“That’s her loss, then!”
“Duo…” Heero ran an exasperated hand through his hair. “These are my parents we’re talking about. I’m not just going to… throw them away… because they’re being unreasonable.”
“What is people’s deal about parents?” Duo sounded every bit as exasperated as Heero. “Why would you put up with bullshit you wouldn’t take from anyone else just because it’s coming from your parents?”
Heero gave a frustrated noise and strode out of the room. Of course this gesture didn’t mean quite so much when he took Duo with him, but it was effective nonetheless. He went out onto the balcony into a light rain, and there he stood in silence, holding Duo on the railing.
What really rankled was that, to a large extent, Duo was right: Heero did put up with treatment from his parents that he wouldn’t tolerate from anyone else. But it was more complicated than Duo made it sound; there was no simple algorithm for dealing with your parents, and no instruction manual on how to fix an uncomfortable family situation.
“I guess it’s a little counterproductive of me,” Duo said at last, quietly, “to be a jerk to you about your parents being jerks to you.”
Heero laughed faintly. “I may put up with a little too much sometimes.”
“And I never had parents, so I have no idea what I’m talking about with this stuff anyway.”
Heero stood silently for several more seconds, thinking about various things and becoming quite damp. The thought that kept coming back, even in the midst of his reflections about his parents and what could and couldn’t be done, was one that demanded to be spoken aloud. So, eventually and rather gruffly, he said, “It’s nice to know you care. Just… don’t call my mother a bitch.”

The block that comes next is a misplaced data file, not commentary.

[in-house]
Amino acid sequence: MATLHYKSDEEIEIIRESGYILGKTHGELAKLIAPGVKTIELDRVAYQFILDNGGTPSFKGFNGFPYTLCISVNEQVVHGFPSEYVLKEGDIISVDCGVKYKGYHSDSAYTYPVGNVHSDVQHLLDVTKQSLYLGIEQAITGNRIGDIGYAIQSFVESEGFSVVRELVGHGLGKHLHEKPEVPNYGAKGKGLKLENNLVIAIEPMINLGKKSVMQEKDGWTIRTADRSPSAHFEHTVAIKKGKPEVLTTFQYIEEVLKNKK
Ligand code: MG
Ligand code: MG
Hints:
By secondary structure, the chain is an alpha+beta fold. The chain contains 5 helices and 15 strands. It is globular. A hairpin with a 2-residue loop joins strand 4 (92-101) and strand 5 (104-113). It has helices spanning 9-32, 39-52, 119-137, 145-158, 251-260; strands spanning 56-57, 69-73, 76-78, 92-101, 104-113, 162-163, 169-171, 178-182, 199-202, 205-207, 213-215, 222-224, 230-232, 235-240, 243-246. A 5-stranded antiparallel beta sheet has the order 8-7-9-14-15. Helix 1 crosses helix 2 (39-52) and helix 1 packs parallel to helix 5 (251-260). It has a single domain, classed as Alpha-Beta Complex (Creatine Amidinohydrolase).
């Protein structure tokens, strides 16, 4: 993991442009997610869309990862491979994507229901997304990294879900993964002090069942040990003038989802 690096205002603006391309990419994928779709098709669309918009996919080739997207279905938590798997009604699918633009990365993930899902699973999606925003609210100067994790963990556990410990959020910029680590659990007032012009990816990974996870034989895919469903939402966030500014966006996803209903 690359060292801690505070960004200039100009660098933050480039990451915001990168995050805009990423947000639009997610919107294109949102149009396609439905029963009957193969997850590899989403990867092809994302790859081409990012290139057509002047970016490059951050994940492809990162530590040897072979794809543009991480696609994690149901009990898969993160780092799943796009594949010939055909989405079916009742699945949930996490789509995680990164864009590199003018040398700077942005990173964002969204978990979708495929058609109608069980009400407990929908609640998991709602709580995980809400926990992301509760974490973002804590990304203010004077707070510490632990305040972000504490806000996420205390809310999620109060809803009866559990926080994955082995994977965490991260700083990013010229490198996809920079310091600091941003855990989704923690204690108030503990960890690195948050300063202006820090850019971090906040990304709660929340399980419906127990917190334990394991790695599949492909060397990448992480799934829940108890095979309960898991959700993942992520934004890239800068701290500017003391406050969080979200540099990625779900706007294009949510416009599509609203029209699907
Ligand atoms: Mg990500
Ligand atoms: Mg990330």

“Yeah, that was out of line. I’m sorry.”
Heero’s specific annoyance with Duo had already mostly faded, though his agitation and discontent regarding the situation they’d been discussing remained. With a sigh of frustration, he gave Duo a squeeze and retreated out of the rain.
Neither of them said anything more until they were seated back in front of the TV, which had gone to screensaver over the paused DVD, and then it was as if there had never been any tension.
“OK, so whiner-boy just killed his wife,” Duo was saying, “and the little green guy was up to something.”
“Right,” Heero agreed, rubbing rain off his hands onto his damp jeans and then reaching for the remote. And soon Anakin was on fire and Duo was laughing, and everything was (relatively) fine again.